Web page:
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Morton Sosland Morton Irvin Sosland, who led Sosland Publishing Co. for several decades and was a revered figure in the Kansas City and grain-based foods business communities, has died at the age of 93. Mr. Sosland was returning to Kansas City April 25 from a Continental Grain Co. board of directors meeting in New York and was stricken while riding home. He died soon afterward at Truman Medical Center. Mr. Sosland attended Bryant elementary school and Southwest High, began his freshman year at Harvard University in 1942 and in 1943 enlisted in the Army. He began military service in the horse cavalry at Fort Riley, Kas., and was assigned to the 13th Armored Division, Cavalry Reconnaissance Squadron, which went to Europe soon after the invasion of France and ended the war near Salzburg, Austria. He immediately returned to Harvard and in June 1946 married Estelle Jane Glatt, his fianc‚e and friend of many years. Completing his education in a shortened post-war curriculum, Mr. Sosland joined Sosland Publishing Company in 1947, where he worked initially under the direction of his uncle, Samuel Sosland, one of the three brothers who founded the company and its The Southwestern Miller weekly magazine in 1922 (a publication later renamed Milling & Baking News). Active as a publisher and editor for most of his 72 years with the company, he also created and wrote much of the editorial page for several of the company magazines. He worked initially under the direction of his Uncle Sam, who was the principal editor of the weekly magazine and who from his early youth in Kansas City had been a journalist. Mr. Sosland wrote copy that was carefully and vigorously edited, learning "the trade" from a teacher who did not hesitate to tear up and toss in the waste basket an article that did not suit. In 1972, Mr. Sosland was at the center of national news when The Southwestern Miller broke the story of the Soviet Union's huge purchases of grain from the United States. The Russian Wheat Deal, together with the Arab oil embargo a year later, proved a watershed moment for the U.S. and the global economy. With detailed and precise secret information provided over several months by a mysterious source, Mr. Sosland's tantalizing role in breaking the news attracted great attention from the national media. For many years, Mr. Sosland was a frequent speaker before industry groups, primarily analyzing developments within various grain-based sectors grain, flour milling and baking and often looking thoughtfully toward future prospects. Beyond his involvement with the family's publishing business, he divided his time among a number of different endeavors. He served on the board of directors of both leading public and private companies.His service on the boards of companies with a considerable Kansas City presence included H&R Block, Inc., Commerce Bancshares, Inc., ERC Corporation, Hallmark Cards, Inc., Kansas City Southern Industries, Stilwell Financial, Inc., and Trans World Airlines. He also was a member of the board of Brown Shoe Co., Inc., Ingredient Technology Corp., TW Services, Inc., and Continental Grain Co. At one time, he was a director of six companies with listings on the New York Stock Exchange. Community involvement was no less a priority to Mr. Sosland and his family. The Sosland Foundation was started in 1950. And while the foundation has been an important instrument for family giving, Mr. Sosland also learned early that personal giving is equally important. He often led individual family members in supplementing foundation support of selected charitable activities, particularly in support of the Jewish causes that the family has devoted great attention to over a long period of years. Recognizing his obligations to the Jewish community, Mr. Sosland served as president and/or chairman of Jewish Family and Children's Service, Jewish Federation and Council and the Jewish Community Foundation. His activities in the general community covered a wide range. He served as chairman of Midwest Research Institute, as co-chairman of the Kansas City Area Economic Development Council, and on the boards of the Greater Kansas City Chamber of Commerce, Menorah Medical Center, St. Luke's Hospital, Truman Medical Center Foundation, and the Jacob L. and Ella C. Loose Foundation. He was the long-time president of the Sosland Foundation and served for many years on the boards of the Hall Family Foundation, the H&R Block Foundation and the Marion and Henry Bloch Foundation. Hardly any community activity attracted his attention as strongly as did the Nelson-Atkins Museum of Art. He was co-chair of the Generations capital campaign that provided funding for a major current expansion of the museum, and he continued to lead fund-raising for the museum's endowment needs afterward. He undertook that effort, as he did in serving as president of the museum's Friends of Art, in tandem with his wife's long service as a trustee. The family under Morton's leadership, donated to the Nelson in the early 1990s the Shuttlecocks sculptures by the artists Claes Oldenburg and Coosje van Bruggen. Highly controversial and loudly criticized when the four 17-foot tall sculptures of badminton birdies were first proposed, the initiative left Mr. Sosland in the unfamiliar and uncomfortable position of subject of raging news coverage. By the year 2000, the sculptures had become icons in the city, won over critics, one of whom called the Shuttlecocks a "rare example of vision winning out in Kansas City." Mr. Sosland in 1975 received what was then known as the "Mr. Kansas City Award" from the Greater Kansas City Chamber of Commerce. He received the Chancellor's Medal from the University of Missouri-Kansas City in 1978, has been a member of the Academy of Missouri Squires since 1987, and in 2002 received the Leader in Agriculture Award from Agricultural Future of America. Mr. Sosland is survived by his wife of 72 years; three children, Amy Brown of West Sussex, England; Elizabeth J. Sosland, of New York; and Charles S. Sosland (wife Jeanne) of Kansas City; grandchildren Andrew Brown (Kate), Meyer Sosland (Mindy), Sarah Sosland (Benton Smith) and Sophie Sosland (Ryan Reich); six great grandchildren; a brother Neil Sosland (Blanche) and a sister Susan Kraner (Richard). Funeral services will be held May 1 at 10:30 a.m. at Helzberg Hall at the Kauffman Center for the Performing Arts, 1601 Broadway Boulevard, Kansas City, with private burial to follow at Mount Carmel Cemetery. Memorials are preferred to Harvesters, 3801 Topping Ave., Kansas City, MO. 64129. Online condolences @ (Arr: The Louis Memorial Chapel 816-361-5211).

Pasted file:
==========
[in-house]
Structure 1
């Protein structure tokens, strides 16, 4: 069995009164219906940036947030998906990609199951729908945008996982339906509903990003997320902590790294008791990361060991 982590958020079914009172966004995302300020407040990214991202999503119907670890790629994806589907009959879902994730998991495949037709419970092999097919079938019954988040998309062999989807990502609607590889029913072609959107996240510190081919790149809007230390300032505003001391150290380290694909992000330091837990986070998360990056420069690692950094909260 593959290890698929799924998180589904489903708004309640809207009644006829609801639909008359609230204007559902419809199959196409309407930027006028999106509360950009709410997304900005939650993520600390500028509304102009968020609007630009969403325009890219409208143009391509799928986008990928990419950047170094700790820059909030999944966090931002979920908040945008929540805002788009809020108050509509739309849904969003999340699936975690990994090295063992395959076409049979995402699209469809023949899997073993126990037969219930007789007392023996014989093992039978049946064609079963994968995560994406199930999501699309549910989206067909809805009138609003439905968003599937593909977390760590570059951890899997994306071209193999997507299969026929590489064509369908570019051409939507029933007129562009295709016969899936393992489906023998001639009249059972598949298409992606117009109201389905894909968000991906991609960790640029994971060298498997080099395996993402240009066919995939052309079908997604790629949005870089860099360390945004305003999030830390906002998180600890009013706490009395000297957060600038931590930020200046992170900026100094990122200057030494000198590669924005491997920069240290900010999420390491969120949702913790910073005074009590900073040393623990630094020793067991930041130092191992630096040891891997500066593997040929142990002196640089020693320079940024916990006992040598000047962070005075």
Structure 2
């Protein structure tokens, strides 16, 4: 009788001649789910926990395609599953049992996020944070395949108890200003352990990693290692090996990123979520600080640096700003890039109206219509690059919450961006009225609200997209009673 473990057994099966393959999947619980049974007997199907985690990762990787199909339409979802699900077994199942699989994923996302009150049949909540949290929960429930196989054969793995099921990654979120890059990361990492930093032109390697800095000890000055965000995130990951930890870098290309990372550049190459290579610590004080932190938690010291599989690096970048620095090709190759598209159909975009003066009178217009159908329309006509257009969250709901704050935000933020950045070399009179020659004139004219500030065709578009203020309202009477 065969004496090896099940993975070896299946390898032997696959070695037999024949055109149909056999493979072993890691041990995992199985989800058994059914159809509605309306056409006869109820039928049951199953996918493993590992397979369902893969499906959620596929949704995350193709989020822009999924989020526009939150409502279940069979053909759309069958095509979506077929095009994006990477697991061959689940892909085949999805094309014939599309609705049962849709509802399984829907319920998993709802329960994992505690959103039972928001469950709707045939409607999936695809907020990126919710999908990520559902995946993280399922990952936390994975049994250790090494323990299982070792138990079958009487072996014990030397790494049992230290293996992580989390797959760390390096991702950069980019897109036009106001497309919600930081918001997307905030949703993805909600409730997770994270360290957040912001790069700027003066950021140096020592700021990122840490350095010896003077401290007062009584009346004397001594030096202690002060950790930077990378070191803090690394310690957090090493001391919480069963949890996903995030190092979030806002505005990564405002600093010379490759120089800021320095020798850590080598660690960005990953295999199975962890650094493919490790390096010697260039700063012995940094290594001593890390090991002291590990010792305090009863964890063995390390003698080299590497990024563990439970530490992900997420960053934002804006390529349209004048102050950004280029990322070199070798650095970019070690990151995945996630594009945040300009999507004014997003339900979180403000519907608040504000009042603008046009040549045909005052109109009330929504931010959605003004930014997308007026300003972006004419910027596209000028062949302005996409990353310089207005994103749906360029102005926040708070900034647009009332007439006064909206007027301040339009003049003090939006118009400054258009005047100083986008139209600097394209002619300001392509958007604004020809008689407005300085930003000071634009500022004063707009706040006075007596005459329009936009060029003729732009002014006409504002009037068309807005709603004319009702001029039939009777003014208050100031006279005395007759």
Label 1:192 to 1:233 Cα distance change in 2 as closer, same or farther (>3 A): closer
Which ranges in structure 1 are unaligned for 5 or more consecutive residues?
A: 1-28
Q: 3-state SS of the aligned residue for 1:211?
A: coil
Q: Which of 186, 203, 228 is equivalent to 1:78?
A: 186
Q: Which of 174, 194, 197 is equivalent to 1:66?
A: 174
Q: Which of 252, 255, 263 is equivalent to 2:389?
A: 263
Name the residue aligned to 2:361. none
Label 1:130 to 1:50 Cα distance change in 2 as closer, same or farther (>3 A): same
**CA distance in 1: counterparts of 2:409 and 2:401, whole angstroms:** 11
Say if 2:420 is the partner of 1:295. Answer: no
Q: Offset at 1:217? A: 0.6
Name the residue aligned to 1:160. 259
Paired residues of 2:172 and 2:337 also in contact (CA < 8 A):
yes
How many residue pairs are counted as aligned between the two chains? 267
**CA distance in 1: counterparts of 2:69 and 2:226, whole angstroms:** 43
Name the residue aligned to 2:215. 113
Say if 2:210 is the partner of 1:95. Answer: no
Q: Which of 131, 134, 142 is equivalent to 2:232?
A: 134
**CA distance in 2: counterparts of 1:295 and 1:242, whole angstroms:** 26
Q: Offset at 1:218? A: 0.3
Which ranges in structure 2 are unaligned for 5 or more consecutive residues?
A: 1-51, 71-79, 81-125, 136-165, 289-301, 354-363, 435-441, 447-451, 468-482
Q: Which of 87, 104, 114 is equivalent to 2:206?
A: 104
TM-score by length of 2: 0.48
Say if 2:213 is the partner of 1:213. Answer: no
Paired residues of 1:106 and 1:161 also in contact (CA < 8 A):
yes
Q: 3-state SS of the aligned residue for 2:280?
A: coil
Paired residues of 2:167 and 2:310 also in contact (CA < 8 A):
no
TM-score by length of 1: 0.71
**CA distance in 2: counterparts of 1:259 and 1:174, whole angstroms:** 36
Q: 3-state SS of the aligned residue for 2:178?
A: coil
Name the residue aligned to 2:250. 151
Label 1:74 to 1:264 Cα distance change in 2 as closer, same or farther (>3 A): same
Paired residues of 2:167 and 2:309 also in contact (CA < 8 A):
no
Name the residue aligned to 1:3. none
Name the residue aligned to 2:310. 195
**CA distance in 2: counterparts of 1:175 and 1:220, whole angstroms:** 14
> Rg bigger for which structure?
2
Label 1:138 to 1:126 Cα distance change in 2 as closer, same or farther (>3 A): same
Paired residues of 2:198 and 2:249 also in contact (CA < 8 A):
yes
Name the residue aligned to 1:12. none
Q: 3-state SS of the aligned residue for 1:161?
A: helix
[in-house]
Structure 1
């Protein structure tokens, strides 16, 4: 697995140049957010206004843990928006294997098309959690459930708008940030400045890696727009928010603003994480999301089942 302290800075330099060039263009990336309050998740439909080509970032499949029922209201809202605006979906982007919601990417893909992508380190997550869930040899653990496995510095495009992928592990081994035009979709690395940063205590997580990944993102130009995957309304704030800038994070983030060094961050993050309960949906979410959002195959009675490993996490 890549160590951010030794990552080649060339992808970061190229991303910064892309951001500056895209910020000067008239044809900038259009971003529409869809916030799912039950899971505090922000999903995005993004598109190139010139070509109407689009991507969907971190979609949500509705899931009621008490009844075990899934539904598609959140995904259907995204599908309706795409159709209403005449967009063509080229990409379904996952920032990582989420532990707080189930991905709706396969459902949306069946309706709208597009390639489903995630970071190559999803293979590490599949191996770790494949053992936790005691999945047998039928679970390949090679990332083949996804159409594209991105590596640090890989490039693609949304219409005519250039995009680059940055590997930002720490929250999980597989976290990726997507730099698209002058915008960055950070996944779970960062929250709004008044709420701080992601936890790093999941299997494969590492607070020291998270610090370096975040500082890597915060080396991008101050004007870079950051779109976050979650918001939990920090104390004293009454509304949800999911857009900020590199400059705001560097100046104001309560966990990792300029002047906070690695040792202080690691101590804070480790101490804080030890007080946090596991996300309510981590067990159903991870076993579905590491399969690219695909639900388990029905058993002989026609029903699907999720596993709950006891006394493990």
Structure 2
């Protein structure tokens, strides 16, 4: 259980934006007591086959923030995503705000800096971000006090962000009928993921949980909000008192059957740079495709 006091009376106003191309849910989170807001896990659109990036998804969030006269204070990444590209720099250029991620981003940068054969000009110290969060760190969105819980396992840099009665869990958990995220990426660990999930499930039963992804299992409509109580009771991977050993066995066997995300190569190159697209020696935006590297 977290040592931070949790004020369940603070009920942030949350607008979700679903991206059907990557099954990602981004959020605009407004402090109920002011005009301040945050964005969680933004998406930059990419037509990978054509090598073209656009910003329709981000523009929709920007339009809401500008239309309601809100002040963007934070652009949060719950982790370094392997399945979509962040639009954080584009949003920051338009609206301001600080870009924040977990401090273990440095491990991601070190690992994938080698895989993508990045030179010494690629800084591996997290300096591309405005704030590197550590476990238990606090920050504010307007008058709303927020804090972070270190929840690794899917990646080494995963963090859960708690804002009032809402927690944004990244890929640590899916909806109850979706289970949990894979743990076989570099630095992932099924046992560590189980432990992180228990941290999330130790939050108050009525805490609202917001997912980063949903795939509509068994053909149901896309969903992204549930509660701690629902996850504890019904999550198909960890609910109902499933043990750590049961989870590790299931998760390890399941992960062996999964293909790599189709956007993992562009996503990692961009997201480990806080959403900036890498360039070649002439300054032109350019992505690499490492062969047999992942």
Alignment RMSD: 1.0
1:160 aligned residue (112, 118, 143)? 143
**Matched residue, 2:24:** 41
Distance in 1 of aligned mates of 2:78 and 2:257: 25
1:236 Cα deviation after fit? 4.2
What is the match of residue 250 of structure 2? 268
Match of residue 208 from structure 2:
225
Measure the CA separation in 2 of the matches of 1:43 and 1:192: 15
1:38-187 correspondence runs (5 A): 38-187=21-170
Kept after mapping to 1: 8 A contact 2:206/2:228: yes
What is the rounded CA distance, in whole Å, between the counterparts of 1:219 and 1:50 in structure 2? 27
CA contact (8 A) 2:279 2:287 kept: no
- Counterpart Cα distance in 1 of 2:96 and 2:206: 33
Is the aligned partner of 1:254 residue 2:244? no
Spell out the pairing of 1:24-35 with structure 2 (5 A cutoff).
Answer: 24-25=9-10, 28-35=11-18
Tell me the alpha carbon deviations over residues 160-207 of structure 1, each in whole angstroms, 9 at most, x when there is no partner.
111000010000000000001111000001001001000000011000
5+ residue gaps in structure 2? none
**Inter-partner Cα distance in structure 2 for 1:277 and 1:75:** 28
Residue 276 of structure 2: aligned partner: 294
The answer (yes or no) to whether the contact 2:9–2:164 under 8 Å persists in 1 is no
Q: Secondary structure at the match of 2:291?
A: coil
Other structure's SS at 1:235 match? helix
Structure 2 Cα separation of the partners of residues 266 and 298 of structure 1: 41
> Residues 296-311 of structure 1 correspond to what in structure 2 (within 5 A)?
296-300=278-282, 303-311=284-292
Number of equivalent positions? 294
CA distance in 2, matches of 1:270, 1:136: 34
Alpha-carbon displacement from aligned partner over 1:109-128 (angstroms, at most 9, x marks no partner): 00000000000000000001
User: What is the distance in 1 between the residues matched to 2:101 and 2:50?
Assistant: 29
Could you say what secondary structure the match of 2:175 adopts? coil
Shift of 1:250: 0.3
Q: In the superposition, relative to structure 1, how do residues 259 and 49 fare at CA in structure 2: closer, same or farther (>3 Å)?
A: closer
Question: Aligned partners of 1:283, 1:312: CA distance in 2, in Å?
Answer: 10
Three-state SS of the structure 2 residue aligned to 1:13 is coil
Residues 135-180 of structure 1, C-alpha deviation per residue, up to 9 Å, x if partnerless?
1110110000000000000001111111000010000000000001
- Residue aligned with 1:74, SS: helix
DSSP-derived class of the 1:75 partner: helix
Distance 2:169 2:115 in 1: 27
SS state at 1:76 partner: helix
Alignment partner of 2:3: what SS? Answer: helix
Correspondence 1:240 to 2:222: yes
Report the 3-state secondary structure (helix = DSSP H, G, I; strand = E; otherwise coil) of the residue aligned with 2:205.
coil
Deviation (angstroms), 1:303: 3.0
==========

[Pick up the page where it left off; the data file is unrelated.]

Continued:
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Published in Kansas City Star on Apr. 28, 2019.
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7 entries
May 11, 2019
I will always remember Morton, as a kind and good man.
Jimmie Won
May 5, 2019
May he R.I.P. until God's will is done on earth as it is in heaven, removing the effects of sin and death, making eternal life in paradise possible.
May 3, 2019
To the Sosland family: Thinking of you at this difficult time. Peace be with you all.
Pam Phillips Vivers
May 1, 2019
Haorld House
April 30, 2019
Anne Marie Frigon
April 30, 2019
My prayers for the entire Sosland family. Morton's contribution to Menorah Medical Center and Truman Medical Center was much appreciated by their senior management teams where I served 1961-1965 and 1985-1999.
Roger Metz
April 27, 2019
Thank you for your leadership- both corporate and personal..
Hugs to all,
Robert and Nancy Hatch
Nancy Hatch